Berkeley Lab

Tuesday, 9/8/15

A car from Hiroshima University came to pick us up at 8am to drive us to the university. The main campus is about an hour away from downtown Hiroshima, so it took a while. There, we visited their synchrotron radiation center and got a tour. We then visited the building for amphibian biological sciences, where professor Takahashi showed us around. This was particularly interesting, because they specialize in frogs, and they have 80 different species of frogs, and 30,000 frogs in total. They particularly have many frogs with mutations, for example albino frogs that they study. One frog is almost translucent, and you can see its heart through its skin. The picture of the frogs below is of one species of frog; with the darkest one you can see being the actual frog. The others all have mutations, turning them multiple shades lighter than usual. These mutations of course make it pretty much impossible for them to live in the wild, since camouflage is one of their primary defense mechanisms. We were then shown their food; crickets. They feed about 2 million crickets per week. In the blue container in the picture, there are about 2,000 crickets. The other picture contains baby crickets, which are used as food when they are that size for the smaller frogs and the tadpoles. We took our picture next to the largest caught salamander in the world, a Japanese Salamander.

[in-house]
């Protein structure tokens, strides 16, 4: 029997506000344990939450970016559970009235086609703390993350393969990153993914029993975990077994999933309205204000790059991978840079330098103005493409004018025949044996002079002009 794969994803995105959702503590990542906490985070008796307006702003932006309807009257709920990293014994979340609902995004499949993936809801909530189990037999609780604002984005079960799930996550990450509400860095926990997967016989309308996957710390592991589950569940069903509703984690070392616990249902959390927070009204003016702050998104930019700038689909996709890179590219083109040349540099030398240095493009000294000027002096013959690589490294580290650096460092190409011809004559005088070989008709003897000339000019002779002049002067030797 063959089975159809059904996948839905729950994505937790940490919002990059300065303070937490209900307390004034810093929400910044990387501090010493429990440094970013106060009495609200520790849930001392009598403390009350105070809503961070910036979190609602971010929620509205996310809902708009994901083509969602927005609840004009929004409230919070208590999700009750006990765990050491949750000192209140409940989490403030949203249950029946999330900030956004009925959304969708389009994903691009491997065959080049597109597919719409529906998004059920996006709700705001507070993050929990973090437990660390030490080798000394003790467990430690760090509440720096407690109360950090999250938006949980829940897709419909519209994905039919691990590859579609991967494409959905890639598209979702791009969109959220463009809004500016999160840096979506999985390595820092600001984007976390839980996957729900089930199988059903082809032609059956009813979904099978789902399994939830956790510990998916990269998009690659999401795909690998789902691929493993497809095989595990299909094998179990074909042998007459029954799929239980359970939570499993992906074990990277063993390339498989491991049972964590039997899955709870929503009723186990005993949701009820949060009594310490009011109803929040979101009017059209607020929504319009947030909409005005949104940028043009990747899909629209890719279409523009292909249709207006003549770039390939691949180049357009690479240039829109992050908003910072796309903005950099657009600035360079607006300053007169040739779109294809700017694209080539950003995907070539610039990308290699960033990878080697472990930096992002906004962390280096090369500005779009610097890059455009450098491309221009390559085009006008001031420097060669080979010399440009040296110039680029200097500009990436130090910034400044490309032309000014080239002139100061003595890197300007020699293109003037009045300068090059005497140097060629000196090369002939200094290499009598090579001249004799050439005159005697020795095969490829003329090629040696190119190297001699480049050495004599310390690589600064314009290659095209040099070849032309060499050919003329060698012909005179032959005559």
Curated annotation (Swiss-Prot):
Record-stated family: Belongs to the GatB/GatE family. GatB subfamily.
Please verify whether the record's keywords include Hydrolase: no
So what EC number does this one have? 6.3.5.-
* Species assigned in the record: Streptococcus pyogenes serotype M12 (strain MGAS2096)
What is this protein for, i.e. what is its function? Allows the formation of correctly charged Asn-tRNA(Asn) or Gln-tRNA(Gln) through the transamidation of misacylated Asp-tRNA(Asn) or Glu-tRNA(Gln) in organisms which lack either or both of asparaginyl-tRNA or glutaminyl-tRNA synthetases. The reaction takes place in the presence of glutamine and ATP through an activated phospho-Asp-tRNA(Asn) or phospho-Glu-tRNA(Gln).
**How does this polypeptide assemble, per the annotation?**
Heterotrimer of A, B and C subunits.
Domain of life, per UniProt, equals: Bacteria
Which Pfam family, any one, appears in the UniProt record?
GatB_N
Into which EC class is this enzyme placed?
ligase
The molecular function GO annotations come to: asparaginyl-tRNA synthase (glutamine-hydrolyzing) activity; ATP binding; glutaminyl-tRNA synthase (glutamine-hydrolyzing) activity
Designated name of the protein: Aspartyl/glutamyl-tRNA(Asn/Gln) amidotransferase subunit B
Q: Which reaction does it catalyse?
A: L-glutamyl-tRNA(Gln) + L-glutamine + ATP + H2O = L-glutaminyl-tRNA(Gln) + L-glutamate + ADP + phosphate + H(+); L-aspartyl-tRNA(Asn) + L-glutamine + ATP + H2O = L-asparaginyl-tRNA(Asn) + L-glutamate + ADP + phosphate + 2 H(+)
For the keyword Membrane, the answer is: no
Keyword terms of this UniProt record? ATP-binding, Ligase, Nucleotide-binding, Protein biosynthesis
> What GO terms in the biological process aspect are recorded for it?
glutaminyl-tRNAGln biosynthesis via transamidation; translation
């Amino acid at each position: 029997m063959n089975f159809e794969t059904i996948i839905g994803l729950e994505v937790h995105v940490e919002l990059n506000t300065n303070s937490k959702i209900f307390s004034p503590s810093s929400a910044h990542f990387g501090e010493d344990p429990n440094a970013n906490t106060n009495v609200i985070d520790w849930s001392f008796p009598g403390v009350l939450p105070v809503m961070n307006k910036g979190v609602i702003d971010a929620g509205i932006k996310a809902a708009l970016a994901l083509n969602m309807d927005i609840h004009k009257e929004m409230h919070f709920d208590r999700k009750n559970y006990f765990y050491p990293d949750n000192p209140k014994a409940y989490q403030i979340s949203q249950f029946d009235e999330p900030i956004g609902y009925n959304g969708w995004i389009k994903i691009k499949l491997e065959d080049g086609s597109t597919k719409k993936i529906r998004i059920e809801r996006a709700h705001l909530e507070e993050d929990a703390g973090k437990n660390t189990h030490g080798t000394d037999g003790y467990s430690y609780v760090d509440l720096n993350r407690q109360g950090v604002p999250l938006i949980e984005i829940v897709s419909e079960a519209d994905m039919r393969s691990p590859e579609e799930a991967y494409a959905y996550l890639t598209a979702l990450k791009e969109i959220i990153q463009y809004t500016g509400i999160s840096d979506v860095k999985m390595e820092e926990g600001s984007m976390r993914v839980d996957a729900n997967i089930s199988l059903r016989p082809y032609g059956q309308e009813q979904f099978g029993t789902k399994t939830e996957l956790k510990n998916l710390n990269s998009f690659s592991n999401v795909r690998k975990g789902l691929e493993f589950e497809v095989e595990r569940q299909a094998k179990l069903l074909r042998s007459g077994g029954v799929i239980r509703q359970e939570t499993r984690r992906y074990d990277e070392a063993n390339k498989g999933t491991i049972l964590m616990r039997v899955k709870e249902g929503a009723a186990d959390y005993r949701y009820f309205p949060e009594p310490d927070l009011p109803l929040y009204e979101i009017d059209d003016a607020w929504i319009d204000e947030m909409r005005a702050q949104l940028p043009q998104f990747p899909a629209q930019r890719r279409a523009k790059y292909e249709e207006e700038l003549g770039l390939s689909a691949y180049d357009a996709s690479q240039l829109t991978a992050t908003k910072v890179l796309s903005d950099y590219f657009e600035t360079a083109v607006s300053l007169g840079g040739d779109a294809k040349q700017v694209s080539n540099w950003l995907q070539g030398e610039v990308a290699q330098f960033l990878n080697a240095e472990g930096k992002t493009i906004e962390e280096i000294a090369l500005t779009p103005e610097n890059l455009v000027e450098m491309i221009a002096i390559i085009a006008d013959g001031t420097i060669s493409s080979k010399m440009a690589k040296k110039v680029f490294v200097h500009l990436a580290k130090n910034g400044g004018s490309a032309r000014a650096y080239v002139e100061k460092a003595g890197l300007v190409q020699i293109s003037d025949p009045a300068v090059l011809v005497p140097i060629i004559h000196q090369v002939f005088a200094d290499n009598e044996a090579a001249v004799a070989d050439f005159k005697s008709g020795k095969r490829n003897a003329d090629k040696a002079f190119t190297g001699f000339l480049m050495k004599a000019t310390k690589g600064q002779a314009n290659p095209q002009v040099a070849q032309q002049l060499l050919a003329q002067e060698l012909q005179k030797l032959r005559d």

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We then went to have lunch in the faculty lounge with multiple professors, and were then driven back to our hotel. After a small break, we took the subway to the ferry terminal, to ride over to Miyajima, an island that is a popular tourist spot. One of its attractions is the floating torii, a red gate out in the water where visitors used to have to go through before visiting the island. One thing that I really like about the island is that there were deer everywhere, and they seemed to not mind the people at all. We took a ropeway to the top of Mount Misen, where there were beautiful views of both the mainland and the various islands in the bay. On top of the mountain, the radiation was 0.12uSv/hr, so about 1mSv per year, which is still completely normal.

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We then went back to Hiroshima, and had dinner near our hotel, in a Chinese restaurant. While at the restaurant, we noticed a group of guys next to us, who also spoke english. When they got, we saw that they were really tall, and then realized that they were the USA mens volleyball national team. We looked up why they were in Hiroshima, and found out that the world cup is going on. We decided to try to see if we could go to a game the next day, but unfortunately the USA team was playing in the evening, when we had to go back to Tokyo.